They left their cameras, picked up fire hoses and helped volunteer firefighters fight the flames.

“The wind was so bad out there. The fire kept getting re-stoked,” said Pete Soto with Canes Vision. “They would flare back up. One flared up by my foot. It was intense. Then you start realizing, ‘What am I in the middle of here?’ You don’t realize it, but at the same time, you’re just glad to help out.”

Soto's face was still covered with soot when he talked with WRAL later. He says it took the crew about 20 minutes to douse the flames. Their quick action helped save a family's house.

One Moore County family managed to escape a spreading brush fire but lost their home and belongings to it. Their home on Heritage Way was destroyed, officials said.

In Harnett County, fire destroyed a home at 1156 Heritage Way, in Cameron, but there were no injuries. The Red Cross helped the displaced family find shelter.

By Monday morning, firefighters had extinguished a number of fires that shut down major roads.

Flames charred the median and leaped over Interstate 85 in Granville County, where more than 20 other fires started. Crews shut down I-85 between exits 206 and 208 for several hours when smoke reduced visibility to zero. Traffic was rerouted onto U.S. Highway 158.

A fire had also spread near the Carolina Country Club inside the Beltline in Raleigh. The club and golf course, near the intersection of Glenwood Avenue and Oberlin Road, were not damaged.

Brush fires had popped up on Edwards and Riddle roads in Lee County and U.S. Highway 1 north of Franklinton, before the Vance County line. Fire destroyed two homes, one of which was vacant.

A fire in Rocky Mount had prompted Highway Patrol troopers to close U.S. Highway 64 Bypass in both directions between Raleigh Street and Kingsboro Road due to poor visibility. Traffic was detoured onto U.S. 64 Alternate for two hours.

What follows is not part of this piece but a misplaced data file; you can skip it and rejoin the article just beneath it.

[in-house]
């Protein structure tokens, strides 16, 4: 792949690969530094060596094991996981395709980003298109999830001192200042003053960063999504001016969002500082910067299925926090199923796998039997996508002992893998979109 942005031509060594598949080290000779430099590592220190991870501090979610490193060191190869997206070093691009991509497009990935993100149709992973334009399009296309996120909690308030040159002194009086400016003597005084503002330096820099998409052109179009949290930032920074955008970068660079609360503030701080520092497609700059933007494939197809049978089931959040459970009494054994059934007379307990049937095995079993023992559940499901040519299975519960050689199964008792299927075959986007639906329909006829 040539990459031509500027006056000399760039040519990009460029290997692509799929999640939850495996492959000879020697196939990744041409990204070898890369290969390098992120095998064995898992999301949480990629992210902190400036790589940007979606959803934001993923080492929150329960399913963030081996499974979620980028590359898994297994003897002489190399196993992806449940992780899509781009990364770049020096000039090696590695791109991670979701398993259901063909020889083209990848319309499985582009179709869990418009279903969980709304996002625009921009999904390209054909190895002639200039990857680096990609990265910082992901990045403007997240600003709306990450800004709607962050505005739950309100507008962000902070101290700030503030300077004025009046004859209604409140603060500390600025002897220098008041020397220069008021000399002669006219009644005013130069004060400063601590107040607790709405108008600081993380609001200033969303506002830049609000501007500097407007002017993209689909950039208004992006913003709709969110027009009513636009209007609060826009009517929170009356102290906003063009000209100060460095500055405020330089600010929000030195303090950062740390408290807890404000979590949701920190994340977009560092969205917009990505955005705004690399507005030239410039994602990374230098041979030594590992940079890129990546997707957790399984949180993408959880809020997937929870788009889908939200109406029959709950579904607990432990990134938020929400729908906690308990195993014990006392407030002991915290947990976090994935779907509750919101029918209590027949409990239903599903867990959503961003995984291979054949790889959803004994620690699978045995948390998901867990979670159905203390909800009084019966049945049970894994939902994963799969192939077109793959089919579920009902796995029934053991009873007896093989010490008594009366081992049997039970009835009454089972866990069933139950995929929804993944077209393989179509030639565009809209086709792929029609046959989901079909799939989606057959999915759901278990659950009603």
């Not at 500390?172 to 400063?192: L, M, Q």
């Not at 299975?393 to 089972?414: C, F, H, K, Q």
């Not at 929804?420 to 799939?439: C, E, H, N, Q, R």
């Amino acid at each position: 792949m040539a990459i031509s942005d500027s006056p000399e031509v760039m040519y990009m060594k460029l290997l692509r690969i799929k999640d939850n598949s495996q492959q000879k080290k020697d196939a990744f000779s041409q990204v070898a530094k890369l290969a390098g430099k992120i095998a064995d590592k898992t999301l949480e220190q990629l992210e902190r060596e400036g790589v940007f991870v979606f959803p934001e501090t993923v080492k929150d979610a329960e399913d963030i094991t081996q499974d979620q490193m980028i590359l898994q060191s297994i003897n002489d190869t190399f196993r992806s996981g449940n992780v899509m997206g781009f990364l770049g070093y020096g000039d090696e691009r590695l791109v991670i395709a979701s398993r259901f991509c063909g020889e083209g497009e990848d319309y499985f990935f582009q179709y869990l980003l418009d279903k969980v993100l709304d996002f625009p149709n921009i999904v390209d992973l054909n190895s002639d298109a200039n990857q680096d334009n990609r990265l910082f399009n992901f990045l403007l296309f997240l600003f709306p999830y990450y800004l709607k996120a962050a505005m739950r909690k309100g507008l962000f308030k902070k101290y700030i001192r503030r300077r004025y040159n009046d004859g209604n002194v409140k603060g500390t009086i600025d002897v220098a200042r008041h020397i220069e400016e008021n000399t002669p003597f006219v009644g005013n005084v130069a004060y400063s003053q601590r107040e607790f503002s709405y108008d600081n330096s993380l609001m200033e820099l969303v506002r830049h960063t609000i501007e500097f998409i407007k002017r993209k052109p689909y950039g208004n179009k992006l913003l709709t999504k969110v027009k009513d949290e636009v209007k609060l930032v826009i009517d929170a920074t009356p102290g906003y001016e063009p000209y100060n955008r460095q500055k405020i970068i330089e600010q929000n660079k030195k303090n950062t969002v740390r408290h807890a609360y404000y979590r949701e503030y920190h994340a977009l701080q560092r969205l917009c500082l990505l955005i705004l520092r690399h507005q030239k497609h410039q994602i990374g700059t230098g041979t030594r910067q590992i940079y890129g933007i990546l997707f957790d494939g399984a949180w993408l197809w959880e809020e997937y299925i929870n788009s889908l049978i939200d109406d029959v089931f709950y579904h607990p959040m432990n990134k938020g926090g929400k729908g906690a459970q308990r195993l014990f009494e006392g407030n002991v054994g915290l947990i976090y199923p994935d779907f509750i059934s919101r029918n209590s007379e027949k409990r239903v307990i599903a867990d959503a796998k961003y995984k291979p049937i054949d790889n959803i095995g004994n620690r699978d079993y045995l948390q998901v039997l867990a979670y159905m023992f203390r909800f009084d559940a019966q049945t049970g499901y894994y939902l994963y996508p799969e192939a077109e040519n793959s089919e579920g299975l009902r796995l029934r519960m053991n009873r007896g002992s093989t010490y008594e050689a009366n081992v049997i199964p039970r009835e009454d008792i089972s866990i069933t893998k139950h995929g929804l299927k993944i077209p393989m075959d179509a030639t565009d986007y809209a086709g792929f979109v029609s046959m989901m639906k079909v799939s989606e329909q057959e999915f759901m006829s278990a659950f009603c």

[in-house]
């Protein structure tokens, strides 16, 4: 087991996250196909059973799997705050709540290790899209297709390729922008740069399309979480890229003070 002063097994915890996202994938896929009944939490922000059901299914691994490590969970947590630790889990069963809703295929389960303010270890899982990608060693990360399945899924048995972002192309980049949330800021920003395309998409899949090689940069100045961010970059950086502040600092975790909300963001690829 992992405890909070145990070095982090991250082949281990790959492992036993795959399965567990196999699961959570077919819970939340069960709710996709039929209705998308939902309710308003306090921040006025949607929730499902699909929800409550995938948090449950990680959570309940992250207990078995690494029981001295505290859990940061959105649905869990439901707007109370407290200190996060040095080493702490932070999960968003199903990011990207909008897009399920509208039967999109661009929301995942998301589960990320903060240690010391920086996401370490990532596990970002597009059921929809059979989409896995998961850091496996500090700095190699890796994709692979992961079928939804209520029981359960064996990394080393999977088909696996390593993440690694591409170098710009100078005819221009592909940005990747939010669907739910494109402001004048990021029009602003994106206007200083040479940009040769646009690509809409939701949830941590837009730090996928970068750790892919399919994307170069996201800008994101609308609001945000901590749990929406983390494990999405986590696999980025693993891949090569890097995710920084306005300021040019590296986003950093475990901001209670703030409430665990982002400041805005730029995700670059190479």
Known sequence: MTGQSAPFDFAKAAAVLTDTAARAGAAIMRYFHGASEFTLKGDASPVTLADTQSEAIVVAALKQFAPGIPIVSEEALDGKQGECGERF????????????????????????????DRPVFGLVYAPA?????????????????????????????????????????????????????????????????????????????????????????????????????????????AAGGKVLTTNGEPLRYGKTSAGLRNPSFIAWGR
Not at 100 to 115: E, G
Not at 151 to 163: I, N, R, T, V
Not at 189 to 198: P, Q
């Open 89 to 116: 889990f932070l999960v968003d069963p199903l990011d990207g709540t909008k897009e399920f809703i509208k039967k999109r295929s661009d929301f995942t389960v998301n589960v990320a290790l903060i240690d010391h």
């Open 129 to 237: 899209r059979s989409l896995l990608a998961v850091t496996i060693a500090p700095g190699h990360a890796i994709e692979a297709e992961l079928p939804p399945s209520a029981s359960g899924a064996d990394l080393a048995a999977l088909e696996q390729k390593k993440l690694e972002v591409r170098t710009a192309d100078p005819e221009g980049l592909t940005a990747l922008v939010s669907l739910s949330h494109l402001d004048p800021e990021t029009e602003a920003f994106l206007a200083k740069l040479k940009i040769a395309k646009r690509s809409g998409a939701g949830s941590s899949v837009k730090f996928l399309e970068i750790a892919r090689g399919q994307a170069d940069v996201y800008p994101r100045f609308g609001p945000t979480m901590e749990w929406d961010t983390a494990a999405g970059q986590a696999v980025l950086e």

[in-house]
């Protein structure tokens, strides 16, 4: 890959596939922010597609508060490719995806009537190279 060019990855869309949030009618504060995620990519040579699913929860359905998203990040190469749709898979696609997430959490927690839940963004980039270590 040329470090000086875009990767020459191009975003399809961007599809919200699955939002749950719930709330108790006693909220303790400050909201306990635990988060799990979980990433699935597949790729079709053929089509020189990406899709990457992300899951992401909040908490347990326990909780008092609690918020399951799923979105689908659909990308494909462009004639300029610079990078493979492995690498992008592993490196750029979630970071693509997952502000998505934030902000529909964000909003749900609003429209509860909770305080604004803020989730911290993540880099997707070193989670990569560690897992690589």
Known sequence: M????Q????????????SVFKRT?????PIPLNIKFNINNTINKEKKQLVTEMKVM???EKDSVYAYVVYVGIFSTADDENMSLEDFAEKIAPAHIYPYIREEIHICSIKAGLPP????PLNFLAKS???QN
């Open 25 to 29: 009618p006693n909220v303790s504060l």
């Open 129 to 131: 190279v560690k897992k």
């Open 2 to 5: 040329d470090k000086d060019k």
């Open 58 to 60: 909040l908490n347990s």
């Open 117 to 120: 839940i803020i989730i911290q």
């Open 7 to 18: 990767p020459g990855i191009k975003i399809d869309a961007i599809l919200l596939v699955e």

About 60 firefighters from seven departments had tackled a large woods fire that covered 50 acres, around Polenta and Matthews roads in Clayton. A plow and helicopters from the North Carolina Division of Forest Resources joined the effort.

Flames destroyed two barns and threatened 20 homes, but no one was injured, although some firefighters had to be re-hydrated.

Worshipers evacuated Willow Spring Free Will Baptist Church around 12:45 p.m., but the church – which burned to the ground in the late 1940s – was spared.

In Kittrell, north of Louisburg, a fire at the intersection of West Dyking and Sims Bridge roads had forced the evacuation of dozens of residents Sunday. Two shelters were set up, and residents returned home throughout Monday once the fire was extinguished.

Winds gusting to 60 mph blew trees onto power lines throughout Sunday. At one point, more than 5,000 Progress Energy customers lost power in the area, and Duke Energy reported more than 19,000 outages across the state. Wake Electric reported some 1,115 power outages, mostly in Franklinton, Oxford, Kittrell and Royal.

All of the state was under a "red flag" warning Sunday, prohibiting outdoor burning. The warning stemmed from the passage of a strong cold front that whipped up the strong winds.